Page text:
DeKALB – In 1977, the city of DeKalb swore in its first female mayor, 35-year-old Judy King.
Joseph Walsh II, president and CEO of the DeKalb-based Walsh and Associates financial consulting firm, remembers meeting her for the first time as a 24-year-old attempting to acquire a license to sell alcohol.
“We were both youngsters,” Walsh said.
Walsh’s memories were all positive of King, who passed away last week at the age of 76.
“She was just a good person and wanted to represent the community as best she could,” Walsh said.
Walsh became close friends with King and her second husband, Burley Bechdolt, after being the former mayor’s financial adviser for the past 25 to 30 years.
“As soon as you meet her, she’s very engaging and participatory,” he said. “She knew tons about theater, tons about politics and was a very sharp individual who was very active in her community.”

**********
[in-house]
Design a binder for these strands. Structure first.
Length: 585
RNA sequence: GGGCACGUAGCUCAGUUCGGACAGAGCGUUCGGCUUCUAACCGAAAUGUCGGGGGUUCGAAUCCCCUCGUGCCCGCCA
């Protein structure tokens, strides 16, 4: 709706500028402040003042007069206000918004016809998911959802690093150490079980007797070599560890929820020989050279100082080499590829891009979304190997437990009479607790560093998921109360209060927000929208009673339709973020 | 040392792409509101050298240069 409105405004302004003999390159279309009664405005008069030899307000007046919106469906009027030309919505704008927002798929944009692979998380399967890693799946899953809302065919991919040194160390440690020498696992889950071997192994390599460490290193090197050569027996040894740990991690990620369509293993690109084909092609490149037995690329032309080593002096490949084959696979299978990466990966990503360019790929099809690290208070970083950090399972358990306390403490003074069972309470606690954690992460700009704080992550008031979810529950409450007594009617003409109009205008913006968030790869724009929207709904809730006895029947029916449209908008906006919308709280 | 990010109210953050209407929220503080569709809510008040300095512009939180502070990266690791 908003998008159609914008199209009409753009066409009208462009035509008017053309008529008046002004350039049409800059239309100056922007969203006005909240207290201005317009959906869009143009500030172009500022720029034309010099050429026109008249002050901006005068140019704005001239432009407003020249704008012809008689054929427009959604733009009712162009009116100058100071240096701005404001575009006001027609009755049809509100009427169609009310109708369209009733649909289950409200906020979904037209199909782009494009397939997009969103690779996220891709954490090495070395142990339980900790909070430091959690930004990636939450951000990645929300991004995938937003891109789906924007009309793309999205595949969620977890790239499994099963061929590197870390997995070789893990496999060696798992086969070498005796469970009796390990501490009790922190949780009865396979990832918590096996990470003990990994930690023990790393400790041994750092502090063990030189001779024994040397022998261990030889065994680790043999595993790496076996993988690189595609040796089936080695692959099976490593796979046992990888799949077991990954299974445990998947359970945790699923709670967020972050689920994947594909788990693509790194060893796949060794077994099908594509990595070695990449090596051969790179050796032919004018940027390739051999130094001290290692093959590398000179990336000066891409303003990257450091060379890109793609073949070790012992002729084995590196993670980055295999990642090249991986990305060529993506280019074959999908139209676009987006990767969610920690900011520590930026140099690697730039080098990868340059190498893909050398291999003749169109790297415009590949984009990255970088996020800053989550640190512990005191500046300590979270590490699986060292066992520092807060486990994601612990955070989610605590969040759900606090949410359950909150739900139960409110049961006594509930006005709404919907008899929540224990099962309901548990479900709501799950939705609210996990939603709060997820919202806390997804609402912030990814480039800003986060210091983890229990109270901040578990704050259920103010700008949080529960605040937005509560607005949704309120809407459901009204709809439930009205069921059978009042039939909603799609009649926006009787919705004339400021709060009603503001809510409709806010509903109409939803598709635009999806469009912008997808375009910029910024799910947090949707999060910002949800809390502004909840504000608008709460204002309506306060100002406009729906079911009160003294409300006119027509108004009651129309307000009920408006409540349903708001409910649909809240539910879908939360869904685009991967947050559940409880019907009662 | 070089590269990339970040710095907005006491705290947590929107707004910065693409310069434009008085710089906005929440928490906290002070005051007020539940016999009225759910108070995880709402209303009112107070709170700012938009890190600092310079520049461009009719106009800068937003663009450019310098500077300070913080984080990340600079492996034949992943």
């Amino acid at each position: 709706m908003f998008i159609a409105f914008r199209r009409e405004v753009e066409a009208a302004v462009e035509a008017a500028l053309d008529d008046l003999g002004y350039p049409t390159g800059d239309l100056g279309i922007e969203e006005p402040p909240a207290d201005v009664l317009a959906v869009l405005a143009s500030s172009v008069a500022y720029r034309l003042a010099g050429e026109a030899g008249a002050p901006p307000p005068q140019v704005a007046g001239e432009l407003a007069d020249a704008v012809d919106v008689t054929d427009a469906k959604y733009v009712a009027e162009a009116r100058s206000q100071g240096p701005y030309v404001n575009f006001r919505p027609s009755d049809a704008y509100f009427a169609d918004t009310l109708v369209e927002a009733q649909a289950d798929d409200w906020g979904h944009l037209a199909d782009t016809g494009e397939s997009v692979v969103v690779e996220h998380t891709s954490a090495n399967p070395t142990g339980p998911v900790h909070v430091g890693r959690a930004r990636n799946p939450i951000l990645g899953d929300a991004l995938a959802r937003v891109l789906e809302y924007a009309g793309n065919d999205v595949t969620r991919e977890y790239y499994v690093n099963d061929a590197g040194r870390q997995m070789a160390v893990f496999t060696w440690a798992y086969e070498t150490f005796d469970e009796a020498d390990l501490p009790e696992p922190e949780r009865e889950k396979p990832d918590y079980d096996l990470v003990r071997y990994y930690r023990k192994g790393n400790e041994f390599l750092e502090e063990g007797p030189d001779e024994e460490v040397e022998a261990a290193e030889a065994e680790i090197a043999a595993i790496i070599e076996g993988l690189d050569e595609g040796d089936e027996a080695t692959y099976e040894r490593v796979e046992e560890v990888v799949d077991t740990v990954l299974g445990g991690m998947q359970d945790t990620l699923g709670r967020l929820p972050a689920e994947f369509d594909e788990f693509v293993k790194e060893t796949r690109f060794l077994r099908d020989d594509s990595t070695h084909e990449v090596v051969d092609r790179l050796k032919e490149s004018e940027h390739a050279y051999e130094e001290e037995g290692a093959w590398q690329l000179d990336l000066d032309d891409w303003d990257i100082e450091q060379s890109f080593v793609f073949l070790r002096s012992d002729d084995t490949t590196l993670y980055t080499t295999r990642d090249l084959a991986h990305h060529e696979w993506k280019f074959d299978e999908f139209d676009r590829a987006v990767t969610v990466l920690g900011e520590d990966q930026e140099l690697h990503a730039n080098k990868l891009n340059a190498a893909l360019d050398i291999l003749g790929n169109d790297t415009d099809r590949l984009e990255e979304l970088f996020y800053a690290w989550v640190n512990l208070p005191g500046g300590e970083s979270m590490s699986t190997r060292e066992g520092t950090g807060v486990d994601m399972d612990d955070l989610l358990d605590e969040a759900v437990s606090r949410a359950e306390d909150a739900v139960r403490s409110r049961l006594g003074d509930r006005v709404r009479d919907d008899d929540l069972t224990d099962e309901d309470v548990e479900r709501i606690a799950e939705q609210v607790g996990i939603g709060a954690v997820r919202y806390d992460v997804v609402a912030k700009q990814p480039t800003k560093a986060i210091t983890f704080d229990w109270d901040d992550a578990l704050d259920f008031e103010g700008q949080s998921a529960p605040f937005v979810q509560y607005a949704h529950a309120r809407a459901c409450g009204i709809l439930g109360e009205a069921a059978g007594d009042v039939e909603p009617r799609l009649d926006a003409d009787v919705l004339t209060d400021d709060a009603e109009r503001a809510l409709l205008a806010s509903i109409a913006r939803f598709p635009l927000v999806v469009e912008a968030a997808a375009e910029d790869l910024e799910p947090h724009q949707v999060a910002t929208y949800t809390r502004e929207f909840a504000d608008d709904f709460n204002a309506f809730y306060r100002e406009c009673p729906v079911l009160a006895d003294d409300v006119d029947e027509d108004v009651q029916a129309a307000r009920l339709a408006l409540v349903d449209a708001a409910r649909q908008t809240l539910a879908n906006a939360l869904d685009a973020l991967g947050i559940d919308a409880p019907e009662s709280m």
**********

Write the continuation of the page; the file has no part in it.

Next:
DeKalb Mayor Jerry Smith said King-Bechdolt was his replacement as a Kaneland High School teacher when he was drafted into the military in 1967, which is how the two got to know each other.
“I remember her as a very personable and active person in the community, a woman of many interests and talents, and I think she served the city well,” Smith said. “Our paths crossed many times, and I’m certainly the richer for it.”
Former Mayor Bessie Chronopoulos served as an alderwoman while King-Bechdolt was mayor and said one of the landmark decisions she made was the utilization of Barb City Manor, which had initially been the DeKalb Public Hospital.
“One of the things she did was to spearhead a movement to utilize the facility for its present purpose, which has turned into a wonderful thing for the community for generations,” Chronopoulos said. “She worked very hard for that.”
Chronopoulos admitted there were ups and downs in their working relationship, but King-Bechdolt worked very hard for the city and did the best she could to represent her constituency.